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Rev Henry Wright1    16th great grandfather, end of  line.  I take exception to the use of the "Rev" as his title.
b. circa 1424, #50826

Charts   Pedigree for Wilfred Gordon Morin

Birth circa 1424 Henry was born circa 1424. Henry is descended from Old Saxon Wryta family of Bayeaux, Normandy, France.

In early 800's the fierce Viking invaders came over the North Sea to France, then the land of the Frankish tribes. The Viking raids were particularly terrible in France, and in the ninth century Paris was plundered four times. Each time the invaders slipped up the River Seine under cover of night. Finally, after the French King had paid them a vast amount of money, the Vikings withdrew to settle on the coast of northern France.

This area of France is still called Normandy after the Norsemen.

These early Saxon Vikings settled at what is now Bayeux, France. It was one of the landing sites for the allied armies. The Saxons were warlike, adventurous, more so than other Teutonic Tribes.

Their expeditions to England finally resulted in the foundations of the Kingdoms; Essex, Sussex and Wessex; now absorbed as part of England, The Anglias, being as the same stock as Saxons, gave to England its name, The Angle Land, or England.

At the time of the settlement at Bayeux, surnames, or family names, were not in process of formation. Wryde, or Wryta, in Old Saxon, meant a skilled workman. hereditary surnames were unknown in England in 1066, and were just coming into use in Normandy. The Norman's brought the fashion into England. Names originated not only from the location, but from the occupation, or some noted incident in the man's life.

In 1066, under William the Conqueror (Duke of Normandy), the Normans crossed the channel and landed on the South coast of England, defeating the English King Harold at the Battle of Hastings. On Christmas Day, 1066, William the Conqueror, was crowned King of England in Westminister Abbey John Wryta, founder of the Wryde, or Wryta Family, as the name became known in Bayeux, Normandy, was an expert woodcarver, and in the manufacture of wooden and metallic articles and weapons of war. His sons became experts as well.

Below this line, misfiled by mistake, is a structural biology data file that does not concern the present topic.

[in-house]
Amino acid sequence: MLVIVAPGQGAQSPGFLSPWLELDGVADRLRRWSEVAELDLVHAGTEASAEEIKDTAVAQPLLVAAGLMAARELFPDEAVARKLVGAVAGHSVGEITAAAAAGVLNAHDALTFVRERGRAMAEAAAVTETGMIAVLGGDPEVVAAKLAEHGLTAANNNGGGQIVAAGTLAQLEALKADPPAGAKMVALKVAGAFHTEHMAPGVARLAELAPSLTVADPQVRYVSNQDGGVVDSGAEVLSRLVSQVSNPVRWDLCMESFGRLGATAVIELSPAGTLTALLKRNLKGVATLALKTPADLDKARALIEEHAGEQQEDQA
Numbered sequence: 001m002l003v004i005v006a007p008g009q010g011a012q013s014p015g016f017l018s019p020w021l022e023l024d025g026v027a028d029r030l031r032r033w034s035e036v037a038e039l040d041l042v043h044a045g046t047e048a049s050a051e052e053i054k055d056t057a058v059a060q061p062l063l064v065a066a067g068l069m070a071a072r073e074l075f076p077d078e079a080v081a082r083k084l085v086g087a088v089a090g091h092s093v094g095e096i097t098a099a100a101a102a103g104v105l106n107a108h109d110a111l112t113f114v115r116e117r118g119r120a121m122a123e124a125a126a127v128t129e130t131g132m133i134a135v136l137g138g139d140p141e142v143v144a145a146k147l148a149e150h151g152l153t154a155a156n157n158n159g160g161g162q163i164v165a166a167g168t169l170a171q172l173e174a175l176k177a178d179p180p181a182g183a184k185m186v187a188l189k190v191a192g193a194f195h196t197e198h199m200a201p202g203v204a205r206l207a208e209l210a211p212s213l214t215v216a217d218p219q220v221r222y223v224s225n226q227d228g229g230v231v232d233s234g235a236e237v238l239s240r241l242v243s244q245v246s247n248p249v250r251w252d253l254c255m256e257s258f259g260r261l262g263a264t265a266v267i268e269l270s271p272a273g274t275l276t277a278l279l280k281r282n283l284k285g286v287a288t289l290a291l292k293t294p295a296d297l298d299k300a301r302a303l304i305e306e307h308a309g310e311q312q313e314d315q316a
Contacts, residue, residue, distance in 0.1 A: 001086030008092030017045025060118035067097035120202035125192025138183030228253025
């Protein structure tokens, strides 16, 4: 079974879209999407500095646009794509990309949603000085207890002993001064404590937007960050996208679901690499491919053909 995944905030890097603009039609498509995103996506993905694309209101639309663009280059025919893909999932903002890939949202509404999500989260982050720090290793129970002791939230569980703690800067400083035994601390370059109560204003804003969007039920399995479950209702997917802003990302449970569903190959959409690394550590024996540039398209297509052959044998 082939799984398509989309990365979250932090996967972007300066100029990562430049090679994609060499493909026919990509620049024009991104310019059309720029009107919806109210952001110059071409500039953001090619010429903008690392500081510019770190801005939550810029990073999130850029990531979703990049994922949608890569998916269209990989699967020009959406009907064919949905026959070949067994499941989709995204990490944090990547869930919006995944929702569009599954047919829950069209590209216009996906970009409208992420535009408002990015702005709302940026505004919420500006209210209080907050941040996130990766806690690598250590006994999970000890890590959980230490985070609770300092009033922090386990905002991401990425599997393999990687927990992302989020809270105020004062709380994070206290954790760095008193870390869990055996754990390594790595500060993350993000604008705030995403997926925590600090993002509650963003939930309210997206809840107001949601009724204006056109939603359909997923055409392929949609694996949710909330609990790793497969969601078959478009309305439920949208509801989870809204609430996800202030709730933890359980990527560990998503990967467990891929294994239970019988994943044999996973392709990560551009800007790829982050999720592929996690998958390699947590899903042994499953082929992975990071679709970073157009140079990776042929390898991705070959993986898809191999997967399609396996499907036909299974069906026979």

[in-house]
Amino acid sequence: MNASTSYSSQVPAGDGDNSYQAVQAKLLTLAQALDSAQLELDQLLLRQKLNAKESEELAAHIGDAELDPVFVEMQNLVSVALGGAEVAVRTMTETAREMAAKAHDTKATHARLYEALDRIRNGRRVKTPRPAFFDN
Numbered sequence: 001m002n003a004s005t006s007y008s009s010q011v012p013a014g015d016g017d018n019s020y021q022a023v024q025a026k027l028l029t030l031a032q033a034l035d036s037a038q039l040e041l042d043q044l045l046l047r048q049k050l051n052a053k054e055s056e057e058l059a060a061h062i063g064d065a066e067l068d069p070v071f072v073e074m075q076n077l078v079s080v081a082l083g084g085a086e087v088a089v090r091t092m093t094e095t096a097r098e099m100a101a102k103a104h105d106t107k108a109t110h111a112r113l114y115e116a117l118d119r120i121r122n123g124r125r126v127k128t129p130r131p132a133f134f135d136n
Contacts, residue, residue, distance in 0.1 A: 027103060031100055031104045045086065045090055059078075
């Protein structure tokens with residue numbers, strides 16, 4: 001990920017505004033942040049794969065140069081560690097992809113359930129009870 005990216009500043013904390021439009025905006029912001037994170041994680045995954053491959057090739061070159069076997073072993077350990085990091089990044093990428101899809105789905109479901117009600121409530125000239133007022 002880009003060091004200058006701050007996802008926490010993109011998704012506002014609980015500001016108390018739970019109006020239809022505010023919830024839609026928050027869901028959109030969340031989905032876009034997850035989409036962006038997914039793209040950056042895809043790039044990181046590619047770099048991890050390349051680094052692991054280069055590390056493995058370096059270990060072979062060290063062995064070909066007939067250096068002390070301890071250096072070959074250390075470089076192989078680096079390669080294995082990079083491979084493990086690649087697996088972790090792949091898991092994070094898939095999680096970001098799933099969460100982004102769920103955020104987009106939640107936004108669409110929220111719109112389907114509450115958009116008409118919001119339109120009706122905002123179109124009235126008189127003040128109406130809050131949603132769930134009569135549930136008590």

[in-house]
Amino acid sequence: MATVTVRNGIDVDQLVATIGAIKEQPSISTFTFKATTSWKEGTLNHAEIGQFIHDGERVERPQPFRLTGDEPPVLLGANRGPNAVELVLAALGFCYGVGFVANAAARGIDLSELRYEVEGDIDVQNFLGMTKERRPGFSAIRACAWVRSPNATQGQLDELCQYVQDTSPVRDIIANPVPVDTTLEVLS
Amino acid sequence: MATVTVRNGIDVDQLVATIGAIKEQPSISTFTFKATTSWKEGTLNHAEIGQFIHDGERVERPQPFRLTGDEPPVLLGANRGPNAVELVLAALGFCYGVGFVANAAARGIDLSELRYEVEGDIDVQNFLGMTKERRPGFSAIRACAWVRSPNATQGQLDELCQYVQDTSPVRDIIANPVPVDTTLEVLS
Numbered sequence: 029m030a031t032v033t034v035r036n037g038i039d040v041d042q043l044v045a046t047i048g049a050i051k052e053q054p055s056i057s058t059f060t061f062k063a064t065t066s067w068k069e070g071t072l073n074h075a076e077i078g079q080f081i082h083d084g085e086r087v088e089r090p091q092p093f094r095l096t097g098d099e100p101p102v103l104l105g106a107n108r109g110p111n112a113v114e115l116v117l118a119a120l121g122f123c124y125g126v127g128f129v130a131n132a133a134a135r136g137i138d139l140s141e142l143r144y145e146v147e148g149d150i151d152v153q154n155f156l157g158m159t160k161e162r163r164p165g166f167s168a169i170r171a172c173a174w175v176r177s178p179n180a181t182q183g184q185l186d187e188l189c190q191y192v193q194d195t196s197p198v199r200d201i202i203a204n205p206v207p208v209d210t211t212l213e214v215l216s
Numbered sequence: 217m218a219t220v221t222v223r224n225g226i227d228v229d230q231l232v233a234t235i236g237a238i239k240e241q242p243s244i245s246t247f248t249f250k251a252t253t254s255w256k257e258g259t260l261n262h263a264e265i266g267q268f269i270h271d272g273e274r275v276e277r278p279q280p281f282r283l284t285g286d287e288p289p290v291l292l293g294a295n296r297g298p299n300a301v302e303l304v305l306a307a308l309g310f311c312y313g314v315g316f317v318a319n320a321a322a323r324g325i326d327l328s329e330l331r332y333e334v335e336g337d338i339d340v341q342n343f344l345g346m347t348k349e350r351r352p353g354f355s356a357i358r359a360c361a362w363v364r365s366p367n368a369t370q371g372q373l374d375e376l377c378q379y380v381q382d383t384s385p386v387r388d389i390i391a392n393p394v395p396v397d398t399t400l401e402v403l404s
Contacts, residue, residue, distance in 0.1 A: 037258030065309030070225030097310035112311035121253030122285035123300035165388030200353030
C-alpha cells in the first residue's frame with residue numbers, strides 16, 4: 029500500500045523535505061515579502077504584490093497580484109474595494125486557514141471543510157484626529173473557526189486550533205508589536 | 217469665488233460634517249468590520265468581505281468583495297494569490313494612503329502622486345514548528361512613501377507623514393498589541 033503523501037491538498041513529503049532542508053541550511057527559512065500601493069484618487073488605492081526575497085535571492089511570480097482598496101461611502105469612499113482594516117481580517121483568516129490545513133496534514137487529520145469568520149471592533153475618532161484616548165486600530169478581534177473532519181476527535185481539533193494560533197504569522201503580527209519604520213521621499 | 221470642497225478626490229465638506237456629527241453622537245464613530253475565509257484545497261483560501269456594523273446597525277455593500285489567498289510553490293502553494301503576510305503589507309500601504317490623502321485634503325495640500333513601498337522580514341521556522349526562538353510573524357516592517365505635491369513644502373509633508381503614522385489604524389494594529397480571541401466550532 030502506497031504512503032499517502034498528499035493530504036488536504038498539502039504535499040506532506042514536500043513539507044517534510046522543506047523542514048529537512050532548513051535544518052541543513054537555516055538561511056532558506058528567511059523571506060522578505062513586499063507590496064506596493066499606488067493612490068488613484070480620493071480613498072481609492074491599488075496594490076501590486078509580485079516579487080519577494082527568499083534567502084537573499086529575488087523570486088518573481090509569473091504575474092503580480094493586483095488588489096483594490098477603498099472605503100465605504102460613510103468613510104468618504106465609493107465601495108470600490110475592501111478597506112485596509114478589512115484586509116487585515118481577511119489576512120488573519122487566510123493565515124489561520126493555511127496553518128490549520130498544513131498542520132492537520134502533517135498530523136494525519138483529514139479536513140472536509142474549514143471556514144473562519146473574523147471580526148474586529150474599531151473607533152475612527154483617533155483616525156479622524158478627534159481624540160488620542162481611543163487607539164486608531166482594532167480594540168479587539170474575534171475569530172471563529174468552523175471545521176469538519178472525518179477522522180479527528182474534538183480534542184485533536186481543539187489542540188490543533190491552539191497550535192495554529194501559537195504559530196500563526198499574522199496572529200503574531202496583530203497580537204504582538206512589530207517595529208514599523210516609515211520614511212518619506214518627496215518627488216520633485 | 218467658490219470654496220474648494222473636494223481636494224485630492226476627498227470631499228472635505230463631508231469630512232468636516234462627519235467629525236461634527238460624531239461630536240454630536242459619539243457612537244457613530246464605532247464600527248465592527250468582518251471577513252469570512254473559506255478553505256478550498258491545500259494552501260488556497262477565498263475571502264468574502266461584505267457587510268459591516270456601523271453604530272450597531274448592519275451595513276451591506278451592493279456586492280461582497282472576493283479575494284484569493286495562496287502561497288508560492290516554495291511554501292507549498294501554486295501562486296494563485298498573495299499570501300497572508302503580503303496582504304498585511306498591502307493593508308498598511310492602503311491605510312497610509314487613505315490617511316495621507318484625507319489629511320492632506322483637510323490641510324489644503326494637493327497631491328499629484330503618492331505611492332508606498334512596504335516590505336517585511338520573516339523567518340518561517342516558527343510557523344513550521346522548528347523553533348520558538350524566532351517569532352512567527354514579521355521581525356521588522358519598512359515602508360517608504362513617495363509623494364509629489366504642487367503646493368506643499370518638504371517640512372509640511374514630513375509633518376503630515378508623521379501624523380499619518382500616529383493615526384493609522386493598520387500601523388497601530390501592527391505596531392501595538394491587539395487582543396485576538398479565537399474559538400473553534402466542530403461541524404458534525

His descendants took up the manufacture of both wooden and metallic weapons of warfare, they became noted for this and were give the name "The Wryta Family".

John Wryta of Bayeux, Normandy, and 4 of his brothers accompanied King William and fought under his banner at Hastings. Two of the brothers, Richard and William were knighted for bravery prior to the invasion. Sir William was Captain of the Body Guard of William the Conqueror. The other three brothers Henry, John and Thomas were subsequently knighted by the King and given grants of land and manors int the counties of Norfolk, Sussex and Essex, settling in the vicinity of London and later moving over the various British Isles. Many were Knights , Lords, Members of Parliament, Judges and occupied other high official positions. Some members of the family settled in Scotland. Sir William Wright, was granted Lands in Ireland and became the progenitor of the Wrights in Ireland. In the first US Census of 1790, poor spelling clerks recorded the name as Right, Write, and Reyt, but Wright is the proper spelling.1,2,3

 
The Wrights of Essex, Sussex, Wessex, and Norfolk trace their ancestry to a set of brothers named Wryta or Wryde that came over as part of the court of Guiliame le Bátard (William the Conqueror) and were awarded land in the various counties. Wright of Essex  owned large chunks of land in the Kelvedon and White Notley area, at least back to Thomas Wright b.1396 (the first that we have documented records of) and several Wrights of that line were ennobled.

Exactly which of the brothers Wryta ended up in which county is lost to history but a number of the manor houses owned by the family in the 1300s through 1500s are still in existence, and several (such as Kelvedon Hall) remained in the family well into the 20th century. Kelvedon Hall, originally Kelveduna (Old English for 'speckled hill') appears as a manor and landholding in the Domesday Book. As the family is one of the premier families in the area, it is well documented in parish records.

Documentation's a long way from perfect - there's still a 300 year hole that we haven't reconstructed - but I think that it's safe to say that the family is Norman. (Especially since Normans frequently ended up with the money.)

This is the same Wright line of the Wright Brothers of airplane fame.  Glen Todd

 
Marriage circa 1450 Rev Henry Wright married Anna Whitbred, daughter of Thomas Whitbred and Agnes Hunt, circa 1450. Or ca 1448 to some. Their children are usually given as:
i Reverend Sir John WRIGHT
ii William WRIGHT was born in 1458 in South Weald, Essex, England.
iii Richard WRIGHT was born in 1460 in South Weald, Essex, England.
iv Henry WRIGHT was born in 1462 in South Weald, Essex, England.
v Thomas WRIGHT was born in 1464 in South Weald, Essex, England.

NO Daughters???1,4
 

Henry died at Upminster at Suffolk,  England date unknown.1 

Family  Anna Whitbred  b. circa 1426
Children  1. John Wright+ b. 27 Oct 1450, d. 9 May 1509
  2. Katherine Wright+ b. c 1469, d. 1558

Citations
  1. [S1308] Download, http://homepages.rootsweb.ancestry.com/~cousin/html/p437.htm#i22748.
  2. [S1308] Download, http://awt.ancestry.com/cgi-bin/igm.cgi?op=GET&db=fredrose27&id=I13232&ti=5538 Fred Rose.
  3. [S1308] Download, http://freepages.genealogy.rootsweb.ancestry.com/~herbarkin/history_of_the_wright_surname.htm.
  4. [S1308] Download, http://worldconnect.rootsweb.ancestry.com/cgi-bin/igm.cgi?op=GET&db=fredrose27&id=I13233.

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